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George Zimmerman 'not guilty' verdict: Legal fight could continue

George Zimmerman has been found not guilty in the shooting death of teenager Trayvon Martin. But the US Justice Department may pursue the case under civil rights law, and Trayvon's parents are considering whether or not to file wrongful death civil charges against Zimmerman.

Trayvon Martin's parents,Tracy Martin and Sybrina Fulton, attend a House Judiciary Committee briefing on racial profiling and hate crimes in March 2012. The Justice Department is being urged to pursue the shooting death of their son by George Zimmerman under civil rights law.

Jacquelyn Martin/AP

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UPDATE 4:25 PM The Department of Justice said Sunday it would review the Travyon Martin-George Zimmerman case to determine if it should consider prosecuting Zimmerman, who was acquitted Friday in a Florida court, in the shooting case, reports Politico. "Experienced federal prosecutors will determine whether the evidence reveals a prosecutable violation of any of the limited federal criminal civil rights statutes within our jurisdiction, and whether federal prosecution is appropriate in accordance with the Department's policy governing successive federal prosecution following a state trial," the DOJ said. 

The criminal trial of George Zimmerman in the shooting death of Trayvon Martin may be over, but the political, social, and legal reaction is likely to continue for months if not years.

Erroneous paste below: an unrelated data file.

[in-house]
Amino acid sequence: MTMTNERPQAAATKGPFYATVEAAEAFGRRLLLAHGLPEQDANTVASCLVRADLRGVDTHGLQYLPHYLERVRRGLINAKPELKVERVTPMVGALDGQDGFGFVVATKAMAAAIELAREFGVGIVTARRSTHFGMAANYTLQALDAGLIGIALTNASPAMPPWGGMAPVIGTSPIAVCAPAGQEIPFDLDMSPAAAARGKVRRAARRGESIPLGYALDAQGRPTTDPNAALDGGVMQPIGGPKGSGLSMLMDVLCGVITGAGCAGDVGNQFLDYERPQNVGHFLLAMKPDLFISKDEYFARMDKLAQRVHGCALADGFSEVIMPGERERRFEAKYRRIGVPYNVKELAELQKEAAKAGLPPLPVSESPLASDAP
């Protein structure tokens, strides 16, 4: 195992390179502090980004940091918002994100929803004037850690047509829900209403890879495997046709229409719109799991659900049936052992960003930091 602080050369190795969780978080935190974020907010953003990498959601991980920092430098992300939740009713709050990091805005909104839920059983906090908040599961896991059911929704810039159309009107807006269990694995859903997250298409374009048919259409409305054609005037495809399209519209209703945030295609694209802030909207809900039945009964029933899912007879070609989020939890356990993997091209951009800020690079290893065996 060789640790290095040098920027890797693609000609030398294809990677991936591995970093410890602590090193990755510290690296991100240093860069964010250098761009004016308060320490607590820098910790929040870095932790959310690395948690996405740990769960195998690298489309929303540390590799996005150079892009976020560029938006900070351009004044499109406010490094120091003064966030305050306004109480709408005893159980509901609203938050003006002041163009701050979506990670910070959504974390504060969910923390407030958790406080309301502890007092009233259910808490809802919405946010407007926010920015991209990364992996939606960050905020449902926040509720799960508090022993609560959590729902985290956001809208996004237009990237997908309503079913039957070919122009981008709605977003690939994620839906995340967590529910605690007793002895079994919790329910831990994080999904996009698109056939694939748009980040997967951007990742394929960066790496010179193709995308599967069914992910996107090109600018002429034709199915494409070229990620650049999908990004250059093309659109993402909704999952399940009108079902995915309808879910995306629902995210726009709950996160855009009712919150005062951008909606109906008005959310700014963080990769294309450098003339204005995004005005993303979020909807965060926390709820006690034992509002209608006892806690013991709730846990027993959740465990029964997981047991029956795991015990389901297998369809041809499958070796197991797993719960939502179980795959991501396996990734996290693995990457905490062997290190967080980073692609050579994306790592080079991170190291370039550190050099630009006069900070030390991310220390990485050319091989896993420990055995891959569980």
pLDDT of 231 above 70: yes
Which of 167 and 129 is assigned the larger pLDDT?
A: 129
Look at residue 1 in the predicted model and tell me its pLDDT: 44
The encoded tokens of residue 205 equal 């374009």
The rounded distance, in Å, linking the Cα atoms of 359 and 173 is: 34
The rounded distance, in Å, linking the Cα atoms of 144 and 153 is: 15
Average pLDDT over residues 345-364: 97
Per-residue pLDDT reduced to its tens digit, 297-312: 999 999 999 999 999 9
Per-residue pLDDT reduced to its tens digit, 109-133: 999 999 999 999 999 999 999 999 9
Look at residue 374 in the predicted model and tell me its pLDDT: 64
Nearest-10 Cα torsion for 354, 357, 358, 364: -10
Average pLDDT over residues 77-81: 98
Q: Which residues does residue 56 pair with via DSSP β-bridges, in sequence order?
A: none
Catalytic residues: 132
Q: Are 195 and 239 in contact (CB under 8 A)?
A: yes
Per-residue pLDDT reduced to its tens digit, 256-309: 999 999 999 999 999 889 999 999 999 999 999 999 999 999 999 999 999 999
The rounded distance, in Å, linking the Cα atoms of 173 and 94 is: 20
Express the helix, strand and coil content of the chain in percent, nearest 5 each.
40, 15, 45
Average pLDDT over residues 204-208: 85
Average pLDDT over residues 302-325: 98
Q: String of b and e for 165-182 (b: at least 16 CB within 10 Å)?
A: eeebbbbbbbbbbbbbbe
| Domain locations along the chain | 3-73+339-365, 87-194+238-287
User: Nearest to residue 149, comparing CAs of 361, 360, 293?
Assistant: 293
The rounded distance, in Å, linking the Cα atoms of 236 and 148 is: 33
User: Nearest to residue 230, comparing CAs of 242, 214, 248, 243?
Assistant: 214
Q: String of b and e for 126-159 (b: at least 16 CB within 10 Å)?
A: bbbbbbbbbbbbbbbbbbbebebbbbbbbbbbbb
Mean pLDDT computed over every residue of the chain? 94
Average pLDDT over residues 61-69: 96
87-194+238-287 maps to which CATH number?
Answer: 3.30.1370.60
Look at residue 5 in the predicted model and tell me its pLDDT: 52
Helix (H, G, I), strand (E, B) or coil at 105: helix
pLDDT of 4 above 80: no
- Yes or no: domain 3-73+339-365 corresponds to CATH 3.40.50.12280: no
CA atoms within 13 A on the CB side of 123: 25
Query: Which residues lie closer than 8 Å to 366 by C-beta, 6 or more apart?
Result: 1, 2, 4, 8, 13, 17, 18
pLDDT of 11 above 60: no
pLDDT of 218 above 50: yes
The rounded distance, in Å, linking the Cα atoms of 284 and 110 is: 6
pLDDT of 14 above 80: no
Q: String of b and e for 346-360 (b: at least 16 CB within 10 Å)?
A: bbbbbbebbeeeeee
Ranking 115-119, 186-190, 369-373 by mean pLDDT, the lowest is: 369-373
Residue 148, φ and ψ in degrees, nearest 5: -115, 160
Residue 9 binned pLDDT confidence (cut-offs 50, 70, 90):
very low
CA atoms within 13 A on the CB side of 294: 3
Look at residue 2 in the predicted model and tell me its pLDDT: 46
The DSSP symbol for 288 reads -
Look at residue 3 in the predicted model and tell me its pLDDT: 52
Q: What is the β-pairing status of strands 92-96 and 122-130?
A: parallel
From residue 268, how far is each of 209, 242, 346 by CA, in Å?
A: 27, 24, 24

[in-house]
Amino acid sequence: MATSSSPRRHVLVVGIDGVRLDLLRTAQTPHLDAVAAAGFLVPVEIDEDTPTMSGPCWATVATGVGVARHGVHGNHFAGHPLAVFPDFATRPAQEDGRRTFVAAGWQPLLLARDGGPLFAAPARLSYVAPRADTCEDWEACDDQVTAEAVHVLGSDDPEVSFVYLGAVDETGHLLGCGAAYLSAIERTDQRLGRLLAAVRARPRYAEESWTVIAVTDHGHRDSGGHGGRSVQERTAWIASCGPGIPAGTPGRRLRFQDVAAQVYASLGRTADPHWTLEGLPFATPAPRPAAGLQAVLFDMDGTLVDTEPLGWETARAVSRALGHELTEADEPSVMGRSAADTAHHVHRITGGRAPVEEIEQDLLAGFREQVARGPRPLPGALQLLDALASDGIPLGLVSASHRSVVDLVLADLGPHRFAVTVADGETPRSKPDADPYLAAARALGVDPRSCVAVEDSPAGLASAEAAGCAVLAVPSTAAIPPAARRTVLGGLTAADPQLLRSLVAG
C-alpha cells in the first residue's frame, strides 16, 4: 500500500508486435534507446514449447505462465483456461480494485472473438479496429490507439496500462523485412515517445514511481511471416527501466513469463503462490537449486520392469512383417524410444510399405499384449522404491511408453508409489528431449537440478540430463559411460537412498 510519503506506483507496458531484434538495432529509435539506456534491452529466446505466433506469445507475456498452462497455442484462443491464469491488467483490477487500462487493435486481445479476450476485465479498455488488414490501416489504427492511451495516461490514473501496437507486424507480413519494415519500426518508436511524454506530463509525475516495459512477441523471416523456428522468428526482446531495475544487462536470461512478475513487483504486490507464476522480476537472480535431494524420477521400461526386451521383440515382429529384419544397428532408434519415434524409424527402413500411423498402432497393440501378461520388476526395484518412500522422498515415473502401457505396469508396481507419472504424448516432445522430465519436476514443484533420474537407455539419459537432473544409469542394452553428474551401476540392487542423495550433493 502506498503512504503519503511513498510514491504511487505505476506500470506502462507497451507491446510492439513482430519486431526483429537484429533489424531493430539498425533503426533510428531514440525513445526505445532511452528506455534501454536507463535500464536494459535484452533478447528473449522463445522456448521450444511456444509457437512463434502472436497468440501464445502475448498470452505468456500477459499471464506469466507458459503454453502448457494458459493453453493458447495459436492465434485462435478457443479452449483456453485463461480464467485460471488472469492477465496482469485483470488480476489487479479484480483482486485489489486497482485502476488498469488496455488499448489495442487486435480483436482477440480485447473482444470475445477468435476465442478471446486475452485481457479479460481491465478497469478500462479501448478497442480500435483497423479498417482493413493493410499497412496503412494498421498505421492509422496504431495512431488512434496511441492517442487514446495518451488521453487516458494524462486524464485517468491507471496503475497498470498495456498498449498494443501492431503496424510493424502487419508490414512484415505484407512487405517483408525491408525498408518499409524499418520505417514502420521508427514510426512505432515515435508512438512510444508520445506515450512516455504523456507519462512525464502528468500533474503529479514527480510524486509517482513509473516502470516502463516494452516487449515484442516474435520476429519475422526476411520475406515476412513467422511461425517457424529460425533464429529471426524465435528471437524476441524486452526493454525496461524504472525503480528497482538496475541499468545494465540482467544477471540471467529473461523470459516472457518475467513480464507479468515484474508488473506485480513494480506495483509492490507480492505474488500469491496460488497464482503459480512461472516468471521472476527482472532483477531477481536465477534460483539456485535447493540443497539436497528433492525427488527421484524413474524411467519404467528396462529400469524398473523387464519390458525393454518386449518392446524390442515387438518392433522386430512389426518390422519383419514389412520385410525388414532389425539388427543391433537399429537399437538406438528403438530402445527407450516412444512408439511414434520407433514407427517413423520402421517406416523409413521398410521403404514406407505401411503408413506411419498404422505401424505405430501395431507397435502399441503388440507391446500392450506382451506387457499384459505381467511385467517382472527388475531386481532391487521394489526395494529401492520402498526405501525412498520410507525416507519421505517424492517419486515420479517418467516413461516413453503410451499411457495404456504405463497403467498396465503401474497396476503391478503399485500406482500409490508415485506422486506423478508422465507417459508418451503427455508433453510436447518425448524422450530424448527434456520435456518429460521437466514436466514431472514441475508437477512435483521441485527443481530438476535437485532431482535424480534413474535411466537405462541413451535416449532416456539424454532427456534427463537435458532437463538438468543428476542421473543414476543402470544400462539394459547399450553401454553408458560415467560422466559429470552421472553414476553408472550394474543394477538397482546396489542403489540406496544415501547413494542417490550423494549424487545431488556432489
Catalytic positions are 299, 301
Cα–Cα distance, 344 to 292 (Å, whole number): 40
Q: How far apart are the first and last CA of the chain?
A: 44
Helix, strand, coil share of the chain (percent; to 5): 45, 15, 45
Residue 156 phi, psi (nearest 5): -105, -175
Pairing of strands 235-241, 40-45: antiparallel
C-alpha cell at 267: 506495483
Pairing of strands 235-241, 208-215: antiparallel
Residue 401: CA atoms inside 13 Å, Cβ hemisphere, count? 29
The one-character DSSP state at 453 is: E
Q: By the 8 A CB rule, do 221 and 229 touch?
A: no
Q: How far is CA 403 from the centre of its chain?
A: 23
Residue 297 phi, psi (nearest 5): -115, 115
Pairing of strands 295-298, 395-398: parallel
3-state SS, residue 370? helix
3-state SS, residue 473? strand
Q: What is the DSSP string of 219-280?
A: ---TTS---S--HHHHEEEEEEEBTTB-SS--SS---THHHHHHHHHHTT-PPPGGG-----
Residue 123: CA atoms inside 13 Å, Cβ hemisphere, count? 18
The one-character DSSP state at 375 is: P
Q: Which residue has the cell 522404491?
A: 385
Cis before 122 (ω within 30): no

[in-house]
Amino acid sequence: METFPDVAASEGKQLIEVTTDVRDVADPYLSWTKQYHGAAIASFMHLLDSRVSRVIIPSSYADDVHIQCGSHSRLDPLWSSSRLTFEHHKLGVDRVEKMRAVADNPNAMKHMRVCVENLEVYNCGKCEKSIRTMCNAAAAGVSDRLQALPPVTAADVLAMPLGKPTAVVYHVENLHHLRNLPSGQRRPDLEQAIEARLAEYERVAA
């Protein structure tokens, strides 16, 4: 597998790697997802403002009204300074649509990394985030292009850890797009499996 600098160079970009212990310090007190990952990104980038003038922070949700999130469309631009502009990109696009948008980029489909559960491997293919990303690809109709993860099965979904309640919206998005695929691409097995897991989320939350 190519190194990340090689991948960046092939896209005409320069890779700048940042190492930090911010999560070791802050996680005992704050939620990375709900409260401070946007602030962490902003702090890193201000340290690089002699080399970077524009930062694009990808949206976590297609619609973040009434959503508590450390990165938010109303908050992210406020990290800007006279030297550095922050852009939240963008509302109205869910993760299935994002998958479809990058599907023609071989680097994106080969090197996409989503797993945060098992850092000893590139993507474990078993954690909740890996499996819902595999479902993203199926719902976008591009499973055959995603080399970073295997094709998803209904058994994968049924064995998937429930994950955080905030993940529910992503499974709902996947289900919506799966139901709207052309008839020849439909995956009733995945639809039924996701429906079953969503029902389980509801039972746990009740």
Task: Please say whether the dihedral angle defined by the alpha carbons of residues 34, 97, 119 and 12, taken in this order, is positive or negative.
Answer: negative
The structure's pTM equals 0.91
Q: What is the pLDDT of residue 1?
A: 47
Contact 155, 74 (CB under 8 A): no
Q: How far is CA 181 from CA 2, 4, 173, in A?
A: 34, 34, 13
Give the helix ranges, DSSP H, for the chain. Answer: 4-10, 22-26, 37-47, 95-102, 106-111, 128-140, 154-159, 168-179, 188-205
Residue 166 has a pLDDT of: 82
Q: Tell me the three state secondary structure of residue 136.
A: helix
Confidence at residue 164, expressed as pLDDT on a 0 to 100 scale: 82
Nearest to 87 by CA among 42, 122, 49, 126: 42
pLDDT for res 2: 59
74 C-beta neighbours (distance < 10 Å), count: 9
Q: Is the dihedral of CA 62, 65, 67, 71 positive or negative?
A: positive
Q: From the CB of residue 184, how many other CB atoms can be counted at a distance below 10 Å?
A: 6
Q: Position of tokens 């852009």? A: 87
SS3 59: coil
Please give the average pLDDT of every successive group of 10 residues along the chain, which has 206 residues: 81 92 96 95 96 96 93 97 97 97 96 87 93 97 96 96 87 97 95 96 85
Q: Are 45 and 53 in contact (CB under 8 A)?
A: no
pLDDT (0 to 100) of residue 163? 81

In the immediate aftermath of the “not guilty” verdict, there have been protests around the country, marked by some vandalism and destruction of property. But for the most part, any angry reaction to Mr. Zimmerman’s walking free has been subdued.

In Florida, where the case was heard, many churches planned to remain open throughout the day, the Miami Herald reported. “Every church should be open … to enforce the word not to retaliate,” the Rev. Vernon Gillum told the newspaper. The CBS affiliate in Miami reported that police had erected at least two so-called First Amendment Zones for protesters.

So far, anything more serious than rhetorical protest has been limited.

Windows were broken and small street fires were started in Oakland, Calif., police reported. The Oakland Tribune said some windows on the newspaper's downtown offices were broken, and footage from a television helicopter show people attempting to start fires in the street and spray painting anti-police graffiti, the Associated Press reported.


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